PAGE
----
Truckload shipping

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Truckload shipping is the movement of large amounts of homogeneous cargo, generally the amount necessary to fill an entire semi-trailer or intermodal container. A truckload carrier is a trucking company that generally contracts an entire trailer-load to a single customer. This is as opposed to a less-than truckload (LTL) company that generally mixes freight from several customers in each trailer. One advantage Full Truckload (FTL) carriers have over Less than Truckload carriers is that the freight is never handled en route, whereas an LTL shipment will typically be transported on several different trailers.

Responsibilities[edit]

Truckload is used for larger shipments of freights. If the number of items is large, a 48’ or 53’ capacity trailer will not be enough for shipping products. In such a case, truckload shipping is the best method to reduce cost, transporting goods quicker and reduce the chance of damage. The shipment will be cost effective if it is large enough to require the use of the space of the trailer. Truckload shipping will also be beneficial than booking multiple LTL (less than truckload) shipments.

There are mainly three types of truckload shipment. They are Dry van, flatbed, and refrigerated. During the time of filling the entire trailer, full truckload should be selected. This is ideal for large shipments. Compared to LTL, selecting full truckload will be cost effective when the weight is high. Full truckload freight is very fast because it is sent to the chosen destination directly. Thus, the transit time is very less.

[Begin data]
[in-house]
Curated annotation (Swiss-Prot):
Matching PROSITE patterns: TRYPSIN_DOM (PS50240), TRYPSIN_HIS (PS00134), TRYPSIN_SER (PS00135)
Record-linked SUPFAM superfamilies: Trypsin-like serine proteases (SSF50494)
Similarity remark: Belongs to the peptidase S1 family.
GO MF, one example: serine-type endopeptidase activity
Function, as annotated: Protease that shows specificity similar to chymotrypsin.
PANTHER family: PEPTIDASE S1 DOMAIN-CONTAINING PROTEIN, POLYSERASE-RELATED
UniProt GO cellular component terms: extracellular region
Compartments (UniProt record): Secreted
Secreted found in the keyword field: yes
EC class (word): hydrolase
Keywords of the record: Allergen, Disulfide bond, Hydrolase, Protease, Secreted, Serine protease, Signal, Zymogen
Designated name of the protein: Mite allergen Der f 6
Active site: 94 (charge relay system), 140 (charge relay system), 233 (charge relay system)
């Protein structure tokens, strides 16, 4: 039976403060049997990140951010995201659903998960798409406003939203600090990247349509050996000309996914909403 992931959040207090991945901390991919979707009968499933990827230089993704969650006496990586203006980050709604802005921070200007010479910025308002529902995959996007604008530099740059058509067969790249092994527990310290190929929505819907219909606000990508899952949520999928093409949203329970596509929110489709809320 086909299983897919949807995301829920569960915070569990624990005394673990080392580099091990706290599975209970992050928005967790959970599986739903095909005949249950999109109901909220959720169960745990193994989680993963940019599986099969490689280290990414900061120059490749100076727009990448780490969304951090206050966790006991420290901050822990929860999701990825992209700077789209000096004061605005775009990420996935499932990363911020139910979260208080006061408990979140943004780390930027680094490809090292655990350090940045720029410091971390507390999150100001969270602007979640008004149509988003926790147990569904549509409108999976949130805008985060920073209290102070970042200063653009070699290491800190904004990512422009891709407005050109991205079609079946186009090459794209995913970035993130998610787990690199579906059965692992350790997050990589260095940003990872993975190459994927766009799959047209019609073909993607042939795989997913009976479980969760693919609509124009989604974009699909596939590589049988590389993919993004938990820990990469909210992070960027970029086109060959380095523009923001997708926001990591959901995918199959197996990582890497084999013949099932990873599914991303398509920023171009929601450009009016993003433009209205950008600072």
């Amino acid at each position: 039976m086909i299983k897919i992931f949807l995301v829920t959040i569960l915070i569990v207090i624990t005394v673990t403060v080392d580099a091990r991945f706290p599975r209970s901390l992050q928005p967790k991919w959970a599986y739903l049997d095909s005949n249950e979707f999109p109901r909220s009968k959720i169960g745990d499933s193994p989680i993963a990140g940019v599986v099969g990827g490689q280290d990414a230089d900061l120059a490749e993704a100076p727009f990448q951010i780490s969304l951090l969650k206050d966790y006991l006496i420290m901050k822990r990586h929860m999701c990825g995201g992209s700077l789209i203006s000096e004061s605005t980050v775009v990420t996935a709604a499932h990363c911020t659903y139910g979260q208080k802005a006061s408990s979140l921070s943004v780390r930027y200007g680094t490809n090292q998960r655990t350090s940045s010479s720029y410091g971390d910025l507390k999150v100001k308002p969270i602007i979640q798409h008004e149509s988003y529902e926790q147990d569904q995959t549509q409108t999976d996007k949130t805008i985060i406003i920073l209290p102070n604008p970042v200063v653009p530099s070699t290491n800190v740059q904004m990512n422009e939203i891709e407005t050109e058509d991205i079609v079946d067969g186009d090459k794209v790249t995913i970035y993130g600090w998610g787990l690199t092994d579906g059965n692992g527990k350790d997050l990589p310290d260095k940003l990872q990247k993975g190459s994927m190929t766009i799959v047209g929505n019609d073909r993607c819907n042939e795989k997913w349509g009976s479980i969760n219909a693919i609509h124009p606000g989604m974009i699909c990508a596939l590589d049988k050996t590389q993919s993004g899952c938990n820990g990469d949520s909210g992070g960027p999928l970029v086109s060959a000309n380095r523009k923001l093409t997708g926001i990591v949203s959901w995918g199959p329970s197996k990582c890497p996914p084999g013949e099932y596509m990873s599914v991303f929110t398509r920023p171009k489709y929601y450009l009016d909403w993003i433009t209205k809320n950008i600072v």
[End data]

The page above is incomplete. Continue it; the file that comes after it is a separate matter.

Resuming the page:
If the freight does not need the entire space of a truck, it is called LTL. On the other hand, the entire space of weight limit of a trailer is required for full truckload (FTL) shipments. Efficiency and productivity of the package can also be improved in truckload shipping.

Packaging[edit]

Freight is usually loaded onto pallets for unit loads. Sturdy shipping containers such as crates or corrugated fiberboard boxes are commonly used. Carriers have published tariffs that provide some guidance for packaging. Packaging engineers design and test packaging to meet the specific needs of the logistics system and the product being shipped.

Truckload shipments are sometimes broken down into individual containers and further shipped by LTL or express carriers. Packaging for TL often needs to withstand the more severe handling of individual shipments. A typical full truckload for a dry van trailer consists of 24 standard pallets of cargo that weighs up to 45,000 lbs. (or more).

History[edit]

When the American Interstate Highway System expanded in the 1950s, the trucking industry took over a large market share for the transportation of goods throughout the country. Before this time era, trains had been relied on to transport the bulk of the goods across the country. The Interstate Highway System allowed for merchandise to travel door to door much more easily. Since that time, truckload carriers have taken advantage of the interstate system to transport merchandise across the country. They typically will bring the merchandise from the distribution center in one area of the country to a distribution center in a different part of the country. The increase in truckload freight transportation has reduced the amount of time it takes to transport the goods where the freight was manufactured or produced to the different areas around the nation.

Sources[edit]

  • Constantin, James A. and Hudson, William J.. Motor Transportation: Principles and Practices. The Ronal Press Company. New York, 1958. Pages 149-154.
  • Bardi, Joseph E., Coyle, John J., and Langley, John C. Jr..The Management of Business Logistics: A Supply Chain Perspective. Cengage Learning, 2000. Pages 45-58, 67-81.
  • McKinlay, A. H., "Transport Packaging", IoPP, 2004
  • Fiedler, R. M, "Distribution Packaging Technology", IoPP, 1995

External links[edit]

Mirriam Webster definition of truckload